November 5, 2019 // Perspective
It’s far harder to love
The kid was tired, rubbing his eyes with tiny fists, lips quivering as tears began to well up because he couldn’t get comfortable. Who can, really? Airplanes aren’t designed for comfort, even if you snag an upgrade.
Imagine being an infant surrounded by strangers while crammed into a middle seat in a metal tube barreling through the sky at 575 mph. I’d cry, too.
I’ve flown with my daughter many times. As she has gotten older, squirmier and more aware of the limit placed on her, flights have gotten harder.
I knew how the mom holding that screaming little boy felt. She looked tired, nervous and almost embarrassed.
Would someone shush them, shoot them a dirty look as they slammed on their headphones? Would the flight attendant ask her to stand in the back, giving the passengers around her a reprieve? And would the baby ever stop crying?
It was the kind older lady next to them who saved the day as she started playing peekaboo with the 1-year-old. She made him giggle, a sound that filled the plane with the joy that only a baby’s laugh can produce. She smiled at the mom and said, “I did this once. … You’re doing great”; no condemnation, simply calm and comfort.
When we landed, a man asked the mom if he could carry her bags so she could concentrate on carrying her son, who had finally fallen asleep. As she grabbed her stroller, the flight attendant helped her buckle the baby so she could put on her backpack and make sure she didn’t leave anything behind.
Airplanes and airports are places where the fullness of humanity is on display, both the good and the bad.
On that day, I saw the fullness of patience, kindness and charity as strangers rallied together to help this mom traveling alone with her son. A situation far from comfortable became a school of compassion. That airplane became a theater of the goodness of humanity, the love of which we are capable.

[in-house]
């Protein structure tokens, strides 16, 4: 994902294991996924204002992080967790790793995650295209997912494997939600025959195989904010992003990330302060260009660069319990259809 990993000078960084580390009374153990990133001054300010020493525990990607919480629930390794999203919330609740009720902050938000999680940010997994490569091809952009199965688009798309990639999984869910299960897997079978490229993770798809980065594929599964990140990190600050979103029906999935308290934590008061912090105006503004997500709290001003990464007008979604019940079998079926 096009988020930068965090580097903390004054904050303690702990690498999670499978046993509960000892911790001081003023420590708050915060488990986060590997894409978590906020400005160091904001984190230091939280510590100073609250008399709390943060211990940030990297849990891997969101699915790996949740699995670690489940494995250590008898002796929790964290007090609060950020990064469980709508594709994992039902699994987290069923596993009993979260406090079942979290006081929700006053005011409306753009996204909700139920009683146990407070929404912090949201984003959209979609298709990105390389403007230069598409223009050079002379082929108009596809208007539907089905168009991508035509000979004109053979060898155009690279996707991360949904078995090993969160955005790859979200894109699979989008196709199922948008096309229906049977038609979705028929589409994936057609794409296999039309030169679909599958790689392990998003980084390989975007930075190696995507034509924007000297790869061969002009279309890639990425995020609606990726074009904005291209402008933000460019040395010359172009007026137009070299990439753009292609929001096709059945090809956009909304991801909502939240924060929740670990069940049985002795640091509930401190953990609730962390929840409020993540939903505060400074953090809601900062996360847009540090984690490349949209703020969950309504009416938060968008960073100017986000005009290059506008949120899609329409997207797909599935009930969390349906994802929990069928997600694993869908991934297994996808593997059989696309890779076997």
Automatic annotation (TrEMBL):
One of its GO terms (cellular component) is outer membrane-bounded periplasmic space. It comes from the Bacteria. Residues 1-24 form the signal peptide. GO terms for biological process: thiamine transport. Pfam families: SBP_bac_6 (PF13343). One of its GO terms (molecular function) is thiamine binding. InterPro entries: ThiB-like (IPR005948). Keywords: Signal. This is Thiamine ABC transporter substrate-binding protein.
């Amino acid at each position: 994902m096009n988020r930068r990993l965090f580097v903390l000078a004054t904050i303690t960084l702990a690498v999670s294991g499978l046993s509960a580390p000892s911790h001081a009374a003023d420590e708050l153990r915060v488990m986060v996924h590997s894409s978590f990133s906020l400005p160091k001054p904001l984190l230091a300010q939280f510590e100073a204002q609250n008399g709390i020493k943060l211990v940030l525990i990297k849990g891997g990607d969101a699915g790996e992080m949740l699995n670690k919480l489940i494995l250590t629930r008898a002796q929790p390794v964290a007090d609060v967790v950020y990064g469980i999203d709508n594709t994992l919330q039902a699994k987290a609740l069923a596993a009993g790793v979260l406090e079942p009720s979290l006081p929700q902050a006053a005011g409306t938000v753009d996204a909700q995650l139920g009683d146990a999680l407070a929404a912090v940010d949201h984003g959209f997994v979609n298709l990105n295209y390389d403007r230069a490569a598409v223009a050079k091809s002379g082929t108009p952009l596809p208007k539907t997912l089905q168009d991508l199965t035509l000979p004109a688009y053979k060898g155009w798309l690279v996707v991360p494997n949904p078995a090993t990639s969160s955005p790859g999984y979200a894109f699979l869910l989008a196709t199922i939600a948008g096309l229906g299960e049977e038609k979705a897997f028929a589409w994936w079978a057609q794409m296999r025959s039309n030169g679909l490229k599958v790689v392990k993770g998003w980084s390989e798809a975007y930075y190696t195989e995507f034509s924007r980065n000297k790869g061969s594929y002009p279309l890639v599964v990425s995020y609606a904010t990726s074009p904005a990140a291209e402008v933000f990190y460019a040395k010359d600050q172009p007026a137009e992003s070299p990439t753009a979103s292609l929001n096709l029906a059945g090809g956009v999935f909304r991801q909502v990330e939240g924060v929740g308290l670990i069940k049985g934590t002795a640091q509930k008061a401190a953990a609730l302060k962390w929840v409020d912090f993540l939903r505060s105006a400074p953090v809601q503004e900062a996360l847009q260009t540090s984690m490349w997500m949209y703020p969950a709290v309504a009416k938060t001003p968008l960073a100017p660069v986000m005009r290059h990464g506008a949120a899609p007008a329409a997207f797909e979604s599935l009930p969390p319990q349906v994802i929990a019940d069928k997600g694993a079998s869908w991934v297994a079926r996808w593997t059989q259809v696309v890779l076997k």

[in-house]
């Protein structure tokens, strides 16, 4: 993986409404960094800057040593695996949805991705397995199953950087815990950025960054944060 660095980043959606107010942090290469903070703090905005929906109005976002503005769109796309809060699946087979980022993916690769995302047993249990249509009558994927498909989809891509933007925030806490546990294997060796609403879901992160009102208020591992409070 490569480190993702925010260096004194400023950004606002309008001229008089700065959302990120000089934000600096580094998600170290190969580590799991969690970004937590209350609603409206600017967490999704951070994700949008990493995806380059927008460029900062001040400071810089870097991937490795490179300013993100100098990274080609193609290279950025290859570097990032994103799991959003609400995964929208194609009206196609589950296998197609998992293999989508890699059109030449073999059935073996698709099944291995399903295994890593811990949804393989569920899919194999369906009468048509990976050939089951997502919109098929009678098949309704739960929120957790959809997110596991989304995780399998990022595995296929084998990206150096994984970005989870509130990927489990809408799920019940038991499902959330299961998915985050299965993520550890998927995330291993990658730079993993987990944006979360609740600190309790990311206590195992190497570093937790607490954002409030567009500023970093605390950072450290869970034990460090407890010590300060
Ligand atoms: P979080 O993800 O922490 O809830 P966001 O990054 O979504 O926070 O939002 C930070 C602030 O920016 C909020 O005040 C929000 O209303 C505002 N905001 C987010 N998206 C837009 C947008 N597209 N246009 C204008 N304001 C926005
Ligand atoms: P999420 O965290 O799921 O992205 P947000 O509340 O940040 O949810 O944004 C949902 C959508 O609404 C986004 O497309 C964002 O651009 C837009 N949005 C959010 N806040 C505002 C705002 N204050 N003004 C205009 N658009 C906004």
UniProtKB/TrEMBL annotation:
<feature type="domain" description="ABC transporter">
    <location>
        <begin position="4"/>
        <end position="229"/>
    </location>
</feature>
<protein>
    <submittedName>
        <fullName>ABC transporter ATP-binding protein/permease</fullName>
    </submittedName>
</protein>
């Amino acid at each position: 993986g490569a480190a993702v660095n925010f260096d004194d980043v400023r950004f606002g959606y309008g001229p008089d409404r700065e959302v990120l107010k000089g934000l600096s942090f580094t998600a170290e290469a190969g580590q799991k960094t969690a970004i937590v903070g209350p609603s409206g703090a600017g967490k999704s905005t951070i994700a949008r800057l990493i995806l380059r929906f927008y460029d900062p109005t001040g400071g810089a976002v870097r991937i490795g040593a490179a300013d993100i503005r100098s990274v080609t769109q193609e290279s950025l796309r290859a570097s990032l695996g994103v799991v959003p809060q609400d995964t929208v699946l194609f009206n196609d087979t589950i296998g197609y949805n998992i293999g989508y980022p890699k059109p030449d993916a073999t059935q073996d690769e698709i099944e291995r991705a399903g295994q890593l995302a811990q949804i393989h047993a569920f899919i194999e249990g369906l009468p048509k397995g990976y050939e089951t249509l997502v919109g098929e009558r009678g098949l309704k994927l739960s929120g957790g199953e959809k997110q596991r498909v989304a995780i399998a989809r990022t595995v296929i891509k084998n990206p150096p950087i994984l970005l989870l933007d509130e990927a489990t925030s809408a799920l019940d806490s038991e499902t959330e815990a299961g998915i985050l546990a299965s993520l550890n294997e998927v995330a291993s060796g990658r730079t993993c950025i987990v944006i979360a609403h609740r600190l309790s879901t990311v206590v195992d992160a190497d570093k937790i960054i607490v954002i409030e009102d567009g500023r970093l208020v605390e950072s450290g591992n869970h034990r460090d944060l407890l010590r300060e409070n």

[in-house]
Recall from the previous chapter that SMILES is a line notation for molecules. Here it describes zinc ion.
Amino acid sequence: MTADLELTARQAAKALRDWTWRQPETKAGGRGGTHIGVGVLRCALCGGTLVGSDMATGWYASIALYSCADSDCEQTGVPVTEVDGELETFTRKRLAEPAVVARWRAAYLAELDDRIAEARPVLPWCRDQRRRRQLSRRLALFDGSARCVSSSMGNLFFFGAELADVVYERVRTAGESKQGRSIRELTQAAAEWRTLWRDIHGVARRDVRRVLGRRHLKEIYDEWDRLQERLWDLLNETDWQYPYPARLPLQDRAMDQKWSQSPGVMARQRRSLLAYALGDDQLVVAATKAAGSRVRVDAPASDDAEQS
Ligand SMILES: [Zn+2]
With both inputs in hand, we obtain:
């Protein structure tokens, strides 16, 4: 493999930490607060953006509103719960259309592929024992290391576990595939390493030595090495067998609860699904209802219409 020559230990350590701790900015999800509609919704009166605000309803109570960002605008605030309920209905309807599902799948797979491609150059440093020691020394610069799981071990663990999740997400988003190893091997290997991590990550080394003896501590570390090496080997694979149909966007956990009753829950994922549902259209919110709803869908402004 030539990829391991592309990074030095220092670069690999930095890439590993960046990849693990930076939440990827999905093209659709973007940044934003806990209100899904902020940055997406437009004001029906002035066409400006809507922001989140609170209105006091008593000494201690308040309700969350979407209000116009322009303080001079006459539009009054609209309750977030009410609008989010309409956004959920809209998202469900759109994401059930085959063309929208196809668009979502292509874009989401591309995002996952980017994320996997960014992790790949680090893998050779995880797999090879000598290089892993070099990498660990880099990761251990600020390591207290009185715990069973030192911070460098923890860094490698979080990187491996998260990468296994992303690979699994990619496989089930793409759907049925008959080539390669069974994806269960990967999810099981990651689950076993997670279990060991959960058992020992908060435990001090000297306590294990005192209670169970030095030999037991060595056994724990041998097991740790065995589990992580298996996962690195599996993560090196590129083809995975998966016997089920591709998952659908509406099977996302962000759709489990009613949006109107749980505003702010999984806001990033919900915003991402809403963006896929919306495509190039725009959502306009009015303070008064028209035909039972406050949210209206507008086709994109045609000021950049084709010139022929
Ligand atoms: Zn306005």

It’s easy to assume the worst about each other. It’s easier to ignore the people around us, those who may be in need, who place a demand upon us simply by existing. Why care about anyone else around me? That takes work, and work is hard.
The devil wants us to believe that the work we have to do for and with other people is too difficult to accomplish, so we should just never start. He lies to us and tells us we aren’t capable.
That lie, straight from hell, is precisely what Jesus came to cast out. That lie, that other people are too much work, is destroyed by the truth proclaimed by Jesus, that we’re not only called to serve others, but to love them. And in loving them, we proclaim the Gospel.
While we think that love means lofty gestures of grandiose goodness, it’s as the saint celebrated last month who tells us that little ways of love are often the ones that make the most difference.
St. Therese of Lisieux, dead before 25, tucked away in a convent with no YouTube channel or Twitter platform, no fame or fortune, no influence or prestige, tells us that in the end “it is love alone that counts.”
In the end, it is our love that counts the most — our love that gives witness. It is our love for others that changes the world.
Jesus invites us to do the hard thing, because it is in doing so that we love as He loved, give as He gave and show the goodness of humanity to all who happen to be watching from their window seat.
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